The editorial also contains historically biased statements (e.g., “[The Polish nation] facilitated the massacre of the largest Jewish community in Europe” and Poles are “rightly burdened with their legacy of cooperation with the Nazis during World War II and acts of anti-Semitic violence well after the war was over....”).
Taking into account Nazi repression against the Polish nation, it is unthinkable that any lawful person might consider today’s Poles as continuing the Nazis’ policies or even suggest something like this.
The entire editorial is based on a false statement that ritual slaughter is now banned in Poland. Polish law allows shechita for the needs of Poland’s Jewish community. Restrictions apply only for industrial-scale ritual slaughter. The Jewish community itself continued to slaughter animals for their own purposes this year even though legal doubts had appeared.
The writer is ambassador of Poland to Israel
We need to hurt Poland in its pocket. No more trips there. No more March of the Living and other sorts of programs that bring money into that country.
We have other ways to teach our youth to remember the Holocaust.
Are we willing to do this? Do we have the guts? I sure hope so.
I am a Jew who has worked in Poland and with Poles intensively for over 21 years to preserve Jewish memory, provide opportunities for Polish Jews to connect with their heritage and religion, and to promote Polish- Jewish understanding.
I do not shy away from honest criticism of the virulent anti- Semitism that has been part of the mythology and culture of some regions and some people in Poland for centuries.
Although your editorial contains many excellent insights and sound analysis, it was appalling to read statements therein which were nothing but old canards, stereotypes and words of hatred.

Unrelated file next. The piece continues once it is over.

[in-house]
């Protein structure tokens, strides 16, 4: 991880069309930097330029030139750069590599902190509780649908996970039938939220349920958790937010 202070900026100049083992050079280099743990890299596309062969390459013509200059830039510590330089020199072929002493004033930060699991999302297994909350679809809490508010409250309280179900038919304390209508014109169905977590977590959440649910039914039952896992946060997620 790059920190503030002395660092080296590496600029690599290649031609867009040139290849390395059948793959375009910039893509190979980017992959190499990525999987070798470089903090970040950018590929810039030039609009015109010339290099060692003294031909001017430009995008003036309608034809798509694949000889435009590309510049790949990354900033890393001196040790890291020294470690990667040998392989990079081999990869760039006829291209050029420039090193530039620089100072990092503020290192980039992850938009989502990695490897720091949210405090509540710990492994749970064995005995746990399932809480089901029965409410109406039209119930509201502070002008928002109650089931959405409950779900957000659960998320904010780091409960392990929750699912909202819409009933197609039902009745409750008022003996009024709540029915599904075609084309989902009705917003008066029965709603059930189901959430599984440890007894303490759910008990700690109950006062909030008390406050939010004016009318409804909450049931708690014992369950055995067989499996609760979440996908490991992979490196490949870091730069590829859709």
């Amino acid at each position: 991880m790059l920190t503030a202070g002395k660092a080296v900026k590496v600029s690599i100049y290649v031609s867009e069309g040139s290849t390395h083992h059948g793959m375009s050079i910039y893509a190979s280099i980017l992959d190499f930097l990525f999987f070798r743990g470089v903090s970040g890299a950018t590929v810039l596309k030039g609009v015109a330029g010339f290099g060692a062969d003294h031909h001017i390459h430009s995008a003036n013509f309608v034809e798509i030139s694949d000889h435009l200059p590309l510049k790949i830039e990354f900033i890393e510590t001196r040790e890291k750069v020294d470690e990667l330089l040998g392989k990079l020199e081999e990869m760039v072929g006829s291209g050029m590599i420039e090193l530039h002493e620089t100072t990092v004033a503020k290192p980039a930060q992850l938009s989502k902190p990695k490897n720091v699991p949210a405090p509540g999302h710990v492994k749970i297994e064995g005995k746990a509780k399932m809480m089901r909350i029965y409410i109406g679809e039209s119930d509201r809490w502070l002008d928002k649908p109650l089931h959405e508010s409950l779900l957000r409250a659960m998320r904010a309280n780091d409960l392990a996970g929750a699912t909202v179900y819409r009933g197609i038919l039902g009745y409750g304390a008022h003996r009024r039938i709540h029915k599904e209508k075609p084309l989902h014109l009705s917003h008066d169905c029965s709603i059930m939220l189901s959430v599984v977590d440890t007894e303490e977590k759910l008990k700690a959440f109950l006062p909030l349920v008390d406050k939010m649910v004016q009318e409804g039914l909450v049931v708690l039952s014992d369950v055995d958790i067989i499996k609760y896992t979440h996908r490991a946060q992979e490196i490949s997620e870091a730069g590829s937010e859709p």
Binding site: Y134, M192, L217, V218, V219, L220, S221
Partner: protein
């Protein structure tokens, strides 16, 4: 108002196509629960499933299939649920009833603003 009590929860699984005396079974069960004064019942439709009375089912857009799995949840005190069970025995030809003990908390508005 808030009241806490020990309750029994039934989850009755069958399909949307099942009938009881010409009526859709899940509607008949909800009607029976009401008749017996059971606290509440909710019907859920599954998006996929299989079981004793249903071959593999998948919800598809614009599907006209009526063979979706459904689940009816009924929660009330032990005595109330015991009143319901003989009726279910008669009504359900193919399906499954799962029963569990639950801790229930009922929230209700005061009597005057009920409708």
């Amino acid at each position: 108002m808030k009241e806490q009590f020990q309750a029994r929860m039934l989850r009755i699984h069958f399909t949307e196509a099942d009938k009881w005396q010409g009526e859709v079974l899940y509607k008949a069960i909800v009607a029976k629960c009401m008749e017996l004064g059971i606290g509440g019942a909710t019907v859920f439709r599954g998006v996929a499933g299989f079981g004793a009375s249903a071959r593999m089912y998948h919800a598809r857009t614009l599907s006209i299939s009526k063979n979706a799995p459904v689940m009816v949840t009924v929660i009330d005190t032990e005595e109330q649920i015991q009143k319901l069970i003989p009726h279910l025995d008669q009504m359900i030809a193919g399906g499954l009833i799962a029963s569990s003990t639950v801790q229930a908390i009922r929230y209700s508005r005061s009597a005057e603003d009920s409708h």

To assert that Poles as a people, or Poland as a nation-state, facilitated the Holocaust is simply not correct. That it is defamatory, insulting and smacks of the same hatred of which we are usually the victim makes it all the more abhorrent.
Besides that such statements are factually incorrect, they insult the memory of Poles who saved us, risking their own and their families’ lives.
The decision of the Polish parliament was hurtful, intolerant and unjust. For some, it might have been a manifestation of xenophobic tendencies. But in our own pursuit of justice let us neither distort history nor spit upon the graves of the Righteous among the Gentiles.
Regarding “Polish parliament votes to uphold shechita ban” (July 14), as a religious Jew I can be certain that Jesus ate only kosher meat. He would not have eaten any other kind. Nor will he after his second coming.
Some Christian countries in Europe have also banned Jewish ritual circumcision despite the undeniable fact that Jesus was circumcised, as were all his disciples.
The Sabbath is another instance where Jesus differed from his followers. Jesus would have upheld Saturday as his day of rest in contrast to the Christian Sunday. Keeping the Sabbath was a decree of the highest order given the fact that God had specifically ordained the death penalty for its non-observance.
Never mind the regrettable fact that Jews are unloved in Poland – Jesus may not be welcome in any of Christian Europe after his second coming.
JOCK L. FALKSON